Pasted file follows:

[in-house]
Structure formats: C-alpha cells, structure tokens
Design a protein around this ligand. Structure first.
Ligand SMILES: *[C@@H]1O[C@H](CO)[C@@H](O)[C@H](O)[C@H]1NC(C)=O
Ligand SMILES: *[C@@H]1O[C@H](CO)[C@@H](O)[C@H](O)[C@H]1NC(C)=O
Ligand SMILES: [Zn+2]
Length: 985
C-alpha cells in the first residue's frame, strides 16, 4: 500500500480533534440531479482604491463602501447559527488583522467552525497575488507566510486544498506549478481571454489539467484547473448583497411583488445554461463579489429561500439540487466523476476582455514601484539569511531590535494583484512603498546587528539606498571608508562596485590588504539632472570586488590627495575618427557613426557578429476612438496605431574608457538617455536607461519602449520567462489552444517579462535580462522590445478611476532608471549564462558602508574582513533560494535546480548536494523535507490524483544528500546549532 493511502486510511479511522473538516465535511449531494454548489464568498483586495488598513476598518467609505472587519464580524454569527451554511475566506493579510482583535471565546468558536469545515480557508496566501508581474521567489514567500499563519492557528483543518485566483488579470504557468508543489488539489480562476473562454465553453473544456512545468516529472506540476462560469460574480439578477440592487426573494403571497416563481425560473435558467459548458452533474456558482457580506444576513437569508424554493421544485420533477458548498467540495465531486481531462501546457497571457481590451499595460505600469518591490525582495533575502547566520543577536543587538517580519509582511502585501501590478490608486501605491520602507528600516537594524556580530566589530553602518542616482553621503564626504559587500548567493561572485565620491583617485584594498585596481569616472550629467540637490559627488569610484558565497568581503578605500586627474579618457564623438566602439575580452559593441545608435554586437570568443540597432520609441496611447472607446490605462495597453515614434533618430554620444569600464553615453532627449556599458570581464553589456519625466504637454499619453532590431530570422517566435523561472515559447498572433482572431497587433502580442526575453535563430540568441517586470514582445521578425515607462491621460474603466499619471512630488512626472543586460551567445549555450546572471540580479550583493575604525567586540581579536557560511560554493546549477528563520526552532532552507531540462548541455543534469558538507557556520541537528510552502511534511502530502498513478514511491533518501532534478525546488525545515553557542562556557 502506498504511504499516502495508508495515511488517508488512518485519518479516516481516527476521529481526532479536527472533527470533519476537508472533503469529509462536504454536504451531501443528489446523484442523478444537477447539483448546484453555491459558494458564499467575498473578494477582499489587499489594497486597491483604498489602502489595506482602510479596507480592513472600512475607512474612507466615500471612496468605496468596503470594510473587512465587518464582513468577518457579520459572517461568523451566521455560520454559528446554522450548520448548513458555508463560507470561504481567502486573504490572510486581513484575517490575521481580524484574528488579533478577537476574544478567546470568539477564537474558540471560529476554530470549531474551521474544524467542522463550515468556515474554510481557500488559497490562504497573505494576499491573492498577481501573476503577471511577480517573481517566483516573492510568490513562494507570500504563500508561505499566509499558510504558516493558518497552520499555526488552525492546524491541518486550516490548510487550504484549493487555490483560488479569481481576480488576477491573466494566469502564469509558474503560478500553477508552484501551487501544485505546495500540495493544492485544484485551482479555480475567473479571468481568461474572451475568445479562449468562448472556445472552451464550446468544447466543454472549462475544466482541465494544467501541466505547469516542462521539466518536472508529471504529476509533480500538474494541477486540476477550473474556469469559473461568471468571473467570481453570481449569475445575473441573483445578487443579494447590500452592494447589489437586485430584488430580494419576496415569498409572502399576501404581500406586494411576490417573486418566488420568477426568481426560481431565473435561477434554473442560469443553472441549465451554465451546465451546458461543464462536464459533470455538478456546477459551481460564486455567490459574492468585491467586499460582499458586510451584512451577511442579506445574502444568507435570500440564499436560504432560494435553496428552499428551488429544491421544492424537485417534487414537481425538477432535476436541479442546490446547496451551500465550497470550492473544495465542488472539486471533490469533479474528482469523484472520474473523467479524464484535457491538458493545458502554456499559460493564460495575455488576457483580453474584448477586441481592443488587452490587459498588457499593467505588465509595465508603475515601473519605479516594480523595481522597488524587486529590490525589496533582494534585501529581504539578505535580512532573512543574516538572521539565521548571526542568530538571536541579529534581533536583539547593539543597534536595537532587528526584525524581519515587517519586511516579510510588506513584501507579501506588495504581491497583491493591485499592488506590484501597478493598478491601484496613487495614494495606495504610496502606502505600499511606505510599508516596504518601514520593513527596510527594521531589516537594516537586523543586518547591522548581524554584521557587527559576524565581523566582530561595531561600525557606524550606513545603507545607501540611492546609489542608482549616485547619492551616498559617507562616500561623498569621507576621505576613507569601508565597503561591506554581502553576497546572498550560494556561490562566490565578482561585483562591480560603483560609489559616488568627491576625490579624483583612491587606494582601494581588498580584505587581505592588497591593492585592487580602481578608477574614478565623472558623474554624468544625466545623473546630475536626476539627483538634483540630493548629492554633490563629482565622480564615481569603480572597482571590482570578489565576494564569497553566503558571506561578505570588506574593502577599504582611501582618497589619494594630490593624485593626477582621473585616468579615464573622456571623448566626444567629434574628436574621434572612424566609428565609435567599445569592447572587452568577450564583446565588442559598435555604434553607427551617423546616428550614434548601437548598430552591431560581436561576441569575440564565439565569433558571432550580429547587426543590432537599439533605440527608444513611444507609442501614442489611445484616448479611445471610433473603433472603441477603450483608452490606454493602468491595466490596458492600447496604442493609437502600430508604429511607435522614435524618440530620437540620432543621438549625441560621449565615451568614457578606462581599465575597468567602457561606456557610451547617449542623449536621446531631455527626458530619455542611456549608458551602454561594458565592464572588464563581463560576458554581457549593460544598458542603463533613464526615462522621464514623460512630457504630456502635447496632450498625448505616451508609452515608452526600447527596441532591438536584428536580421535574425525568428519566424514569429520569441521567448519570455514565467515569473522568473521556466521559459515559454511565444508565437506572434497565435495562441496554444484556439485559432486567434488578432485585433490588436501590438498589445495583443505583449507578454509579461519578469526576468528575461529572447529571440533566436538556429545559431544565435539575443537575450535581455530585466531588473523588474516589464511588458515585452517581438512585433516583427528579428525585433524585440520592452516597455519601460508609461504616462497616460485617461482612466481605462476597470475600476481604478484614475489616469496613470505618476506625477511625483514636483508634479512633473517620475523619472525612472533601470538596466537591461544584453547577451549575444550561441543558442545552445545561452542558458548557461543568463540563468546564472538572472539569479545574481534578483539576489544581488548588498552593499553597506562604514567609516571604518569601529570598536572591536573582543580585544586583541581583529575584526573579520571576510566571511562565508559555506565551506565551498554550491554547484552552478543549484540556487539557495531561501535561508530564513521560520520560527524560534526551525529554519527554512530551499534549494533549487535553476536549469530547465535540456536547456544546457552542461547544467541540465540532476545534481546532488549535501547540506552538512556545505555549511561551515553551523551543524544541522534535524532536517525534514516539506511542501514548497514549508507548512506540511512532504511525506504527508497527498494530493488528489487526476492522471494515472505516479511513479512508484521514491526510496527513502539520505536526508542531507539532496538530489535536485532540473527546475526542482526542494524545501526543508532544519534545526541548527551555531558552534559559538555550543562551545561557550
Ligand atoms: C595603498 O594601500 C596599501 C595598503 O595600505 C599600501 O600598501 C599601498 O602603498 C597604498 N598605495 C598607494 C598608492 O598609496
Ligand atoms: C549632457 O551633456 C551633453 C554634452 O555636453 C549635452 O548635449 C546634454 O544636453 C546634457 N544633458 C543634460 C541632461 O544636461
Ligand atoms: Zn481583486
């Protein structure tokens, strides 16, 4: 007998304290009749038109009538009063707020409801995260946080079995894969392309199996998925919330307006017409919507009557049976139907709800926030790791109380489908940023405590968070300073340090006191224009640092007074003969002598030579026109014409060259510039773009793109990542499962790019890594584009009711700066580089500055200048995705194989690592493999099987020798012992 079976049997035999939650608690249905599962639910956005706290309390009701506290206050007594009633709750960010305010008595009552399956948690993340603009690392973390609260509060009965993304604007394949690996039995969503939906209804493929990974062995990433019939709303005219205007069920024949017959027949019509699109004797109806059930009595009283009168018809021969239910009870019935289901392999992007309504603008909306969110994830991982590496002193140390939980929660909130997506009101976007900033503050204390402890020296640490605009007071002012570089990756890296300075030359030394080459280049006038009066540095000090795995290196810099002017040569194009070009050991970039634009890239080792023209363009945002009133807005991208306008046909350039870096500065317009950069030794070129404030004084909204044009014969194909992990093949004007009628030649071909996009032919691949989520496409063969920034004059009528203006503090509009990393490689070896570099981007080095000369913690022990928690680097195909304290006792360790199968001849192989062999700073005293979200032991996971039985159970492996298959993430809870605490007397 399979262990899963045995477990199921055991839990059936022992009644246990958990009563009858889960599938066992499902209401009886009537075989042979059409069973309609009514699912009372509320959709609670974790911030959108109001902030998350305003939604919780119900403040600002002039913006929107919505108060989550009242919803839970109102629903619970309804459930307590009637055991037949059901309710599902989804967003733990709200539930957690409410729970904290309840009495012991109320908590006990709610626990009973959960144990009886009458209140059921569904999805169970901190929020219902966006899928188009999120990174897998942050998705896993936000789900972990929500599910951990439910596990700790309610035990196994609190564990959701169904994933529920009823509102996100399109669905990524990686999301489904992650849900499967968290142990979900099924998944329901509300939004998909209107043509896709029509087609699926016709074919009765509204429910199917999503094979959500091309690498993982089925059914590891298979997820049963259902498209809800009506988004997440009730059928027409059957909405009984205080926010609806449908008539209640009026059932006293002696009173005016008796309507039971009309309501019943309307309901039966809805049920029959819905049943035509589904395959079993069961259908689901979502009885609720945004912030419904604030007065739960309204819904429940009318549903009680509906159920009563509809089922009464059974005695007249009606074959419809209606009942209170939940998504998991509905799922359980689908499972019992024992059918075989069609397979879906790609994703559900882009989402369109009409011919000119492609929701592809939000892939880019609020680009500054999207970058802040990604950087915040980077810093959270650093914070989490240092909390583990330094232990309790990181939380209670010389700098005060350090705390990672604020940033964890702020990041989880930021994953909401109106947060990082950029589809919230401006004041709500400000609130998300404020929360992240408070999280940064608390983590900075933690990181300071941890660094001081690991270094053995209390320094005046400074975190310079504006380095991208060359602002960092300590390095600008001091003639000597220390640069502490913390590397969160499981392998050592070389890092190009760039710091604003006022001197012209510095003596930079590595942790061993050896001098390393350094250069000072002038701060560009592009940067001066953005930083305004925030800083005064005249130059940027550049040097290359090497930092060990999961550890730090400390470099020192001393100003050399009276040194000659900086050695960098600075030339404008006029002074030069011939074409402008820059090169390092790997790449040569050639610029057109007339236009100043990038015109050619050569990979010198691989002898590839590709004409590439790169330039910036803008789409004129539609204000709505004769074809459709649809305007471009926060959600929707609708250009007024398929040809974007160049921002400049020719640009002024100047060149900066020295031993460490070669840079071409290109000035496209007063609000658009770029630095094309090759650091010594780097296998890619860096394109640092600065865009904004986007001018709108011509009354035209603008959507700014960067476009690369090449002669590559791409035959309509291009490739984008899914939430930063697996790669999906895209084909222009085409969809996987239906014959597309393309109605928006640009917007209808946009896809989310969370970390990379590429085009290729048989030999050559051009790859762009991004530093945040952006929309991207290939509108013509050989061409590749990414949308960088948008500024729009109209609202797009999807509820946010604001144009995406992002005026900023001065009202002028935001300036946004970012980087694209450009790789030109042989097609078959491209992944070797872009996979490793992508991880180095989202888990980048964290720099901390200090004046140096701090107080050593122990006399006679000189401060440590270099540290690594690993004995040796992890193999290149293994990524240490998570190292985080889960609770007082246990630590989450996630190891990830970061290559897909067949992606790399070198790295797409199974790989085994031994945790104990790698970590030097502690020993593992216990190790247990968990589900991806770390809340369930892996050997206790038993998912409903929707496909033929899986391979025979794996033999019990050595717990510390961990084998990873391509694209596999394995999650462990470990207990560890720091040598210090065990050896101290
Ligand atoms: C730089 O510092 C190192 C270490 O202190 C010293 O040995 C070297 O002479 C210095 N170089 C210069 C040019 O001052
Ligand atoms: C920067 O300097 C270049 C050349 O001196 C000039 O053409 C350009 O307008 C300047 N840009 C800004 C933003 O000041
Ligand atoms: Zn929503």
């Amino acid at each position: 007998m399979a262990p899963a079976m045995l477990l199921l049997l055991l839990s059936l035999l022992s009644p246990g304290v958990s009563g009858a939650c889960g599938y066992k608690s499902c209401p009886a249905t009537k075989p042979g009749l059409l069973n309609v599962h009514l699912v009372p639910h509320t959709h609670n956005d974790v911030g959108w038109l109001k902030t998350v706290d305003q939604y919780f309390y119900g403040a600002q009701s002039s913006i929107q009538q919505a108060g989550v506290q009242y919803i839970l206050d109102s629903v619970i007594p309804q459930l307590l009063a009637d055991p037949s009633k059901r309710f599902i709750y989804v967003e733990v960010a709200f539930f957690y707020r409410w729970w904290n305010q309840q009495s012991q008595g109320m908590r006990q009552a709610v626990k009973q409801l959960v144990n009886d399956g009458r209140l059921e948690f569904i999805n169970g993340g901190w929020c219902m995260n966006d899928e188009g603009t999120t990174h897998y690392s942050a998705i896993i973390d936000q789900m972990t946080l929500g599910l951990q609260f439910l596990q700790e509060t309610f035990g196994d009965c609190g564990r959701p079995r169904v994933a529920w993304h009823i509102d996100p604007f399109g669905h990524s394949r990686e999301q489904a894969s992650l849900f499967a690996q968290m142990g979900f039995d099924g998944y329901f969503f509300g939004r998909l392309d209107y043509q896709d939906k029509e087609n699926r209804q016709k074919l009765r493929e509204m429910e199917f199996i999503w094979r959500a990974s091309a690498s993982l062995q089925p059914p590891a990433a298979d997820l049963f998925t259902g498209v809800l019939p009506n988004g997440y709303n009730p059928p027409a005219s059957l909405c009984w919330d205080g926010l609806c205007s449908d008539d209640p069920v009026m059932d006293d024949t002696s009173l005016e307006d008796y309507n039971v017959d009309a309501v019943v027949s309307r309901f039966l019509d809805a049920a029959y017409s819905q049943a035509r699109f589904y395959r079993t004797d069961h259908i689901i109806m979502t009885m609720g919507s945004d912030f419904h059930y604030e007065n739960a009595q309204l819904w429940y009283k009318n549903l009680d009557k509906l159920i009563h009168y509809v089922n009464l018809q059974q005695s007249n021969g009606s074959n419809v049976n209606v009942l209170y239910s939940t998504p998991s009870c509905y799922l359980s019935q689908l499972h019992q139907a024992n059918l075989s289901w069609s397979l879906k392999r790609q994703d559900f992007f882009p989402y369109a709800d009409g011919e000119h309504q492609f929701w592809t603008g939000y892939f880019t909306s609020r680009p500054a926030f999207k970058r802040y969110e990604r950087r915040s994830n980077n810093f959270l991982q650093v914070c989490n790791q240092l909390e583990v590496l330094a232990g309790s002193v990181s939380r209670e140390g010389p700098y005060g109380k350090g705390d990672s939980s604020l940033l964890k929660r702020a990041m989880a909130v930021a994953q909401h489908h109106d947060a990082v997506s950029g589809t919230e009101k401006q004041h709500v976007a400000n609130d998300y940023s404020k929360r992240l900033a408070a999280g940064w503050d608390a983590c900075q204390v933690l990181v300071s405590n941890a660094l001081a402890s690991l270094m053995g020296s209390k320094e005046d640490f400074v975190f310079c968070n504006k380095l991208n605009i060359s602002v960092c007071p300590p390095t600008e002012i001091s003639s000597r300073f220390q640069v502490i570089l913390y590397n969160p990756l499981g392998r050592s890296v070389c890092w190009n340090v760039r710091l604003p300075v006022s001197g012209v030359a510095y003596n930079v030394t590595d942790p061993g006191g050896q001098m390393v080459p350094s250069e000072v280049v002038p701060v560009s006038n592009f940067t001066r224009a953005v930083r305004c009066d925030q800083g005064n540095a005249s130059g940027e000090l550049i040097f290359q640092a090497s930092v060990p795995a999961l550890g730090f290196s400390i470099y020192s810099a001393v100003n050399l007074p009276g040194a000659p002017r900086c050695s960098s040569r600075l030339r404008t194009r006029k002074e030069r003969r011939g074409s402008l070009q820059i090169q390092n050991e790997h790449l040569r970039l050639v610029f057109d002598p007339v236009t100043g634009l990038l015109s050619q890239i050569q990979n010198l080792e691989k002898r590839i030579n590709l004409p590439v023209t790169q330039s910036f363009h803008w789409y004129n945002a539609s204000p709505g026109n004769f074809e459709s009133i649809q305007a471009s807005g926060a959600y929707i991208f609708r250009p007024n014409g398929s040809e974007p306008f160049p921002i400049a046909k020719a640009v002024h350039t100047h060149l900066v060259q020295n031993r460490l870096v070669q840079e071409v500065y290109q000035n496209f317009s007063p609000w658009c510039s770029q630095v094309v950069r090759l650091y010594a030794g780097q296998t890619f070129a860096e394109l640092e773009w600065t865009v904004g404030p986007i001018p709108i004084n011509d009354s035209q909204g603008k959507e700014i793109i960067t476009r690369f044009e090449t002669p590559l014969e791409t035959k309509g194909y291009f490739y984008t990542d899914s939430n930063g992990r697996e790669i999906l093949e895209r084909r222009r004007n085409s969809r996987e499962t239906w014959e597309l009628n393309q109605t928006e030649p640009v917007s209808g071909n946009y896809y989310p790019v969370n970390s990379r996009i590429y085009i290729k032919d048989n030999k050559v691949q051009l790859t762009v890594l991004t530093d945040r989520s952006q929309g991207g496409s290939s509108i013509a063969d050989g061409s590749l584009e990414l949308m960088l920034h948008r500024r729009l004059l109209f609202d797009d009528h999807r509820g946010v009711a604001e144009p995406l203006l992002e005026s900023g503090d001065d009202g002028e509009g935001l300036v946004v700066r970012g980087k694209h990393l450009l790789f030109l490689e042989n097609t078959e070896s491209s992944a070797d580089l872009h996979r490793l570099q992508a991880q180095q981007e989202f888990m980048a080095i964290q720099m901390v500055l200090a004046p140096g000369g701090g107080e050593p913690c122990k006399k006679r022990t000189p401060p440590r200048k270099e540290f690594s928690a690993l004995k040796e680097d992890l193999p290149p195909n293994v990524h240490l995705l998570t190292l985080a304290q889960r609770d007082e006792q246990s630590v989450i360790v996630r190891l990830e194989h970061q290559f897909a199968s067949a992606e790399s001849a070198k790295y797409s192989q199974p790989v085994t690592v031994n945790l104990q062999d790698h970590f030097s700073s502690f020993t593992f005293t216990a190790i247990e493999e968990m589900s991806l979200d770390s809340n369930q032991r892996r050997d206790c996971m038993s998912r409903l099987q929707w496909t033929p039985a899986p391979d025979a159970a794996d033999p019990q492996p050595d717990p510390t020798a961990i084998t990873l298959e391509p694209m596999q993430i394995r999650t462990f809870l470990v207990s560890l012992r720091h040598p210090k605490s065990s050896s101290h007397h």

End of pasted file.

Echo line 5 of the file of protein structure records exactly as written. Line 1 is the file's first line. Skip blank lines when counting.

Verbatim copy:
Ligand SMILES: *[C@@H]1O[C@H](CO)[C@@H](O)[C@H](O)[C@H]1NC(C)=O